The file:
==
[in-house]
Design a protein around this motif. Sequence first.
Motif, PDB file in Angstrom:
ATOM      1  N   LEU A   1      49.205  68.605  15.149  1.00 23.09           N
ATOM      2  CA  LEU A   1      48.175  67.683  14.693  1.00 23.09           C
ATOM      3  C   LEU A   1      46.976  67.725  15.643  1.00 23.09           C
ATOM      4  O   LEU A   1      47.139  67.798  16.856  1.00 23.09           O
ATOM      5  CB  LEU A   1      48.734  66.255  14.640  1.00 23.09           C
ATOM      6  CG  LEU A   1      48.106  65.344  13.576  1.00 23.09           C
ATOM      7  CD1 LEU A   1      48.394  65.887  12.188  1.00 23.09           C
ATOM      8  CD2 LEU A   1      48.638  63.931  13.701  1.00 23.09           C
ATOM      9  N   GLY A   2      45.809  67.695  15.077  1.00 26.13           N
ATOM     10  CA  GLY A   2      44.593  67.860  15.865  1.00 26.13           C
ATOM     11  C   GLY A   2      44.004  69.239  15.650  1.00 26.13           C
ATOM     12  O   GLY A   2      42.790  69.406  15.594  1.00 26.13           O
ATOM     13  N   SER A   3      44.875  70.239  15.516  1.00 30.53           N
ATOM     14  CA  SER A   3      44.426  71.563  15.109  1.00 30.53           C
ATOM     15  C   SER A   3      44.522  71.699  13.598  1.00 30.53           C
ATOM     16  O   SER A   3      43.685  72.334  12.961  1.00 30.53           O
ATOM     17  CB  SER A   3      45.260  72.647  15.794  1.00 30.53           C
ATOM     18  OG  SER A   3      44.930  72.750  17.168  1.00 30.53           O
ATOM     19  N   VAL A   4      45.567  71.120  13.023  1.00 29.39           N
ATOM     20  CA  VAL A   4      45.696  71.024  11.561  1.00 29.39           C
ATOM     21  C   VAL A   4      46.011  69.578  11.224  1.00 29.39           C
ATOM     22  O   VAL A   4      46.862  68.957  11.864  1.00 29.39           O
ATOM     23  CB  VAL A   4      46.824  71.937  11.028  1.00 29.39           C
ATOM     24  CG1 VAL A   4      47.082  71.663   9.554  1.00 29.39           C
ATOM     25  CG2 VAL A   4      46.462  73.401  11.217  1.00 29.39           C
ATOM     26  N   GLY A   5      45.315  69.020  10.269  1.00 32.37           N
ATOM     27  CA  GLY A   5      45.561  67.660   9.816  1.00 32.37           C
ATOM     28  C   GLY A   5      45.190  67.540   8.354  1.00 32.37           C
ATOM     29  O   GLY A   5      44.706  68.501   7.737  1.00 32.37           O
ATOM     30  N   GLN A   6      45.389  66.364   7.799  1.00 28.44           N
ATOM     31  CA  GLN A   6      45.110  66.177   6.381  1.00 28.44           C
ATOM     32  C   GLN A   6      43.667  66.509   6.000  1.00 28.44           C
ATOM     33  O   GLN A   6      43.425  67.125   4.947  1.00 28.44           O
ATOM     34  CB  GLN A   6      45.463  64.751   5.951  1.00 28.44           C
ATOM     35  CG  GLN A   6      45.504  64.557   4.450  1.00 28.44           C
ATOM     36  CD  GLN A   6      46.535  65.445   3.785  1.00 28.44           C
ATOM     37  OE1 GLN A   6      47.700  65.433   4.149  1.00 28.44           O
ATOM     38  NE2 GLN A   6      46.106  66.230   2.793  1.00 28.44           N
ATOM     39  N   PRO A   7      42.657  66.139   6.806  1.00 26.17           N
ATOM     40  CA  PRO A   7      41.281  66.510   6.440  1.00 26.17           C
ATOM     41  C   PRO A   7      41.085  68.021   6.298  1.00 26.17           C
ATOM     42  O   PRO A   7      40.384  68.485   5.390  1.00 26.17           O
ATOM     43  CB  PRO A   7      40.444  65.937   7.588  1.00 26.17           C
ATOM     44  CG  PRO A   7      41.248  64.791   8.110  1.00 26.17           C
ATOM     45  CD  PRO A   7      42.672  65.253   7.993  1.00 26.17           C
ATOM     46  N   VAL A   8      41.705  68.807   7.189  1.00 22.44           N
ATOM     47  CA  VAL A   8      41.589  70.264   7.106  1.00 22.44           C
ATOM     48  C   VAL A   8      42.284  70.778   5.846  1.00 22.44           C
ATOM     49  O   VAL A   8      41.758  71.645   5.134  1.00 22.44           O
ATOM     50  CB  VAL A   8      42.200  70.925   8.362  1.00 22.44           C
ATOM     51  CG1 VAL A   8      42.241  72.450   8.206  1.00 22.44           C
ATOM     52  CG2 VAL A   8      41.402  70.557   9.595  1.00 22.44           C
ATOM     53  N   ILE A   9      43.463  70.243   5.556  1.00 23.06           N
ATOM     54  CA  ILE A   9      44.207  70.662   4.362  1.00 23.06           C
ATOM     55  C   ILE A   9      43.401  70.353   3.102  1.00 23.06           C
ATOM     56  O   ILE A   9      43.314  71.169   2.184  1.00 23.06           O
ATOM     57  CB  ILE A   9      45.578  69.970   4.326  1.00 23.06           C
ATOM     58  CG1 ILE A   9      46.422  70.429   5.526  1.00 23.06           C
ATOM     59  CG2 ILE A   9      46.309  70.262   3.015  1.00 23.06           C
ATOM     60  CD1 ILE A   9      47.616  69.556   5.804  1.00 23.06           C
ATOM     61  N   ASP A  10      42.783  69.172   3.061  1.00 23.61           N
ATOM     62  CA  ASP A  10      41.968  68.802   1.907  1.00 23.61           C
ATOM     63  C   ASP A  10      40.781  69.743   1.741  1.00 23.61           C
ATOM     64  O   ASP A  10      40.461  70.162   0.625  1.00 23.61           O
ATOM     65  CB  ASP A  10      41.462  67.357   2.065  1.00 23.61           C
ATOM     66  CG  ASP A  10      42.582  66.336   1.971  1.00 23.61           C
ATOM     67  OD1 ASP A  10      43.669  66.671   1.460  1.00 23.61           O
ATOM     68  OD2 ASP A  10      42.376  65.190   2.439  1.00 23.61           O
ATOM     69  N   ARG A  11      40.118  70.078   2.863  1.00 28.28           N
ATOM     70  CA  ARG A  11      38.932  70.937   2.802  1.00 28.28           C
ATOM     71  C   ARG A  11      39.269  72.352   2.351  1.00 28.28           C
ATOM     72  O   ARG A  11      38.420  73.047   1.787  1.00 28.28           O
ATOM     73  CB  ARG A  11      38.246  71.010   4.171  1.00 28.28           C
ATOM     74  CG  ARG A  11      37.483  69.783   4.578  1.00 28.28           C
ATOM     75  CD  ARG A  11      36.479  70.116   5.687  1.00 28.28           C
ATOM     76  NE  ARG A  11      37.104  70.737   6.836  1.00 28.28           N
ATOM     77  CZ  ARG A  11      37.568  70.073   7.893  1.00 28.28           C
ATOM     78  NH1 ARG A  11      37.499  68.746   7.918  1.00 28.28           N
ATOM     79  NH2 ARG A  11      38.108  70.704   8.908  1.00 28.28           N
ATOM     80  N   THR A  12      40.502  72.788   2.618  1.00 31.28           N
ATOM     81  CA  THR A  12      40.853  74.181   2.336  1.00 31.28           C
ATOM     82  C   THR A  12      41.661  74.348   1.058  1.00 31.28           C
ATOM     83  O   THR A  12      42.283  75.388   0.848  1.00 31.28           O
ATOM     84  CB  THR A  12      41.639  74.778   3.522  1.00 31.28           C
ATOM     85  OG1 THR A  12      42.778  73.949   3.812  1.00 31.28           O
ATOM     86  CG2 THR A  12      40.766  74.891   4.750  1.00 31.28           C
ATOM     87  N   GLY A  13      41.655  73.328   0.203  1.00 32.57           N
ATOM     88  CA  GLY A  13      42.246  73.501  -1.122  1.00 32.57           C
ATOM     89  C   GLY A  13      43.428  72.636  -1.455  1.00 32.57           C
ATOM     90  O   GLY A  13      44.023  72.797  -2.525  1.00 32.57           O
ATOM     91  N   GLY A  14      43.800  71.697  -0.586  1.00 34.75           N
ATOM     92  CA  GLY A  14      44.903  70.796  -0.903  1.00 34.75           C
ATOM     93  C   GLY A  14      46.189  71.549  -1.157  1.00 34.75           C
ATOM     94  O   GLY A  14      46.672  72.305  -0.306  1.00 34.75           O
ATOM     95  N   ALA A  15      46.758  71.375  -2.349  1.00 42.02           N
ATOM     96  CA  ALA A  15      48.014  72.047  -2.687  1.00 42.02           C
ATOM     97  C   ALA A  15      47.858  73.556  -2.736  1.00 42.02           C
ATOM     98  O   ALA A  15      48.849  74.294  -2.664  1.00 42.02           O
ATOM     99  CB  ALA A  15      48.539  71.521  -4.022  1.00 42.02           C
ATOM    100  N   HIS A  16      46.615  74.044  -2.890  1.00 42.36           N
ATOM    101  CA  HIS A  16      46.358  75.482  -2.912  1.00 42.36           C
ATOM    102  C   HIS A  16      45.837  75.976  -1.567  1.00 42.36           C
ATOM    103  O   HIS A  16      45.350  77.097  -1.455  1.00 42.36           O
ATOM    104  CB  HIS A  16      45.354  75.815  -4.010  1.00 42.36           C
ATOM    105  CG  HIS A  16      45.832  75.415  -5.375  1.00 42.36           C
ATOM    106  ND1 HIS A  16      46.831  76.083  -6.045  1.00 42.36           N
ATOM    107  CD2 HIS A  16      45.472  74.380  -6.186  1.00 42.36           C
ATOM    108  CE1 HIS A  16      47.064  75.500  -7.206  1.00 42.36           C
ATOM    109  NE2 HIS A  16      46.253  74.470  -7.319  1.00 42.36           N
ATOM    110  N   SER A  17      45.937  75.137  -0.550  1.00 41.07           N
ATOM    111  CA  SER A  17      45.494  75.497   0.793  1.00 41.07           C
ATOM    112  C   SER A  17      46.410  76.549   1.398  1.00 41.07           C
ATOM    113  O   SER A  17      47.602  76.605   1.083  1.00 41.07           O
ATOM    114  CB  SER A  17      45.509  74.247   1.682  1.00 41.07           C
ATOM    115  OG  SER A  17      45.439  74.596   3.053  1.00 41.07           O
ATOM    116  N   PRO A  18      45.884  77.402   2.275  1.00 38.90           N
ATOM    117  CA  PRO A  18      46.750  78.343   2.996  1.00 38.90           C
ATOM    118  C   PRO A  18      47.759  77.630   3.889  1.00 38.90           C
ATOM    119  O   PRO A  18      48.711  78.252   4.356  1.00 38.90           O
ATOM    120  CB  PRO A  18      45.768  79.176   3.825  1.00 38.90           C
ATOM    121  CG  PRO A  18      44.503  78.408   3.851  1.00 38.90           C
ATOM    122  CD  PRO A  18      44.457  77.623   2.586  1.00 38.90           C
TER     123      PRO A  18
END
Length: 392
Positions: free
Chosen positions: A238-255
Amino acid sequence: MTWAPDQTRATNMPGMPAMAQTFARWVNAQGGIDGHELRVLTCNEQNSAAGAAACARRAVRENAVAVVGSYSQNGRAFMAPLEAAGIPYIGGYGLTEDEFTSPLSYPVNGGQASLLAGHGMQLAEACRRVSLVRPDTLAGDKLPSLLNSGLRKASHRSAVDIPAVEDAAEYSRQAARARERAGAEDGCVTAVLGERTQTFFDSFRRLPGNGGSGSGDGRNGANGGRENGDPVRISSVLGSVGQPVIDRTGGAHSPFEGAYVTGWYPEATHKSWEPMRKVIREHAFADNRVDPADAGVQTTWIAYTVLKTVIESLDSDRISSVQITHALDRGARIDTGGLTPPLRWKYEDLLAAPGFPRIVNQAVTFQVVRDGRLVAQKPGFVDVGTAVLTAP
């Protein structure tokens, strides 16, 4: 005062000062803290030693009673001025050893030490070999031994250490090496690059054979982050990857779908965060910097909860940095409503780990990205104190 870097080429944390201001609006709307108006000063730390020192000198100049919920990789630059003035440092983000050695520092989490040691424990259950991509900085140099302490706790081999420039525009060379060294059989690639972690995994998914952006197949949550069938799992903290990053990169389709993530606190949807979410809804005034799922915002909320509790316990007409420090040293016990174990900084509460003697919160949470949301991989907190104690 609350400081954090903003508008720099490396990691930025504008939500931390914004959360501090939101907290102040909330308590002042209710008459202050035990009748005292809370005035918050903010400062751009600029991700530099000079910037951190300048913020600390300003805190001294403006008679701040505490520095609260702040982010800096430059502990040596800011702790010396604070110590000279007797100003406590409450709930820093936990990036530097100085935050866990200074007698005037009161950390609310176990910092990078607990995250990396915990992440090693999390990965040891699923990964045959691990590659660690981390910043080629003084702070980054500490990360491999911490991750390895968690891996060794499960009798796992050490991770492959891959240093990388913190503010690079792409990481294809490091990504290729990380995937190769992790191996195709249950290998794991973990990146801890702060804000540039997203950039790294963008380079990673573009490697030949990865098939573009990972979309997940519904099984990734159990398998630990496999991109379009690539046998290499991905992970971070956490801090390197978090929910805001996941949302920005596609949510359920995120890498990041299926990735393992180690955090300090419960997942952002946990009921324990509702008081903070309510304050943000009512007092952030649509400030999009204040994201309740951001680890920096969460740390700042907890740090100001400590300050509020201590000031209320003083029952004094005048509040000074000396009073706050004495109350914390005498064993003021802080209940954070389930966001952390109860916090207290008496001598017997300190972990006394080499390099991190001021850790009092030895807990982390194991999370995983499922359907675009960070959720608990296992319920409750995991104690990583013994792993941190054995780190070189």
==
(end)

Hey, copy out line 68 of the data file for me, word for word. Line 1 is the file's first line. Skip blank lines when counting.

ATOM     65  CB  ASP A  10      41.462  67.357   2.065  1.00 23.61           C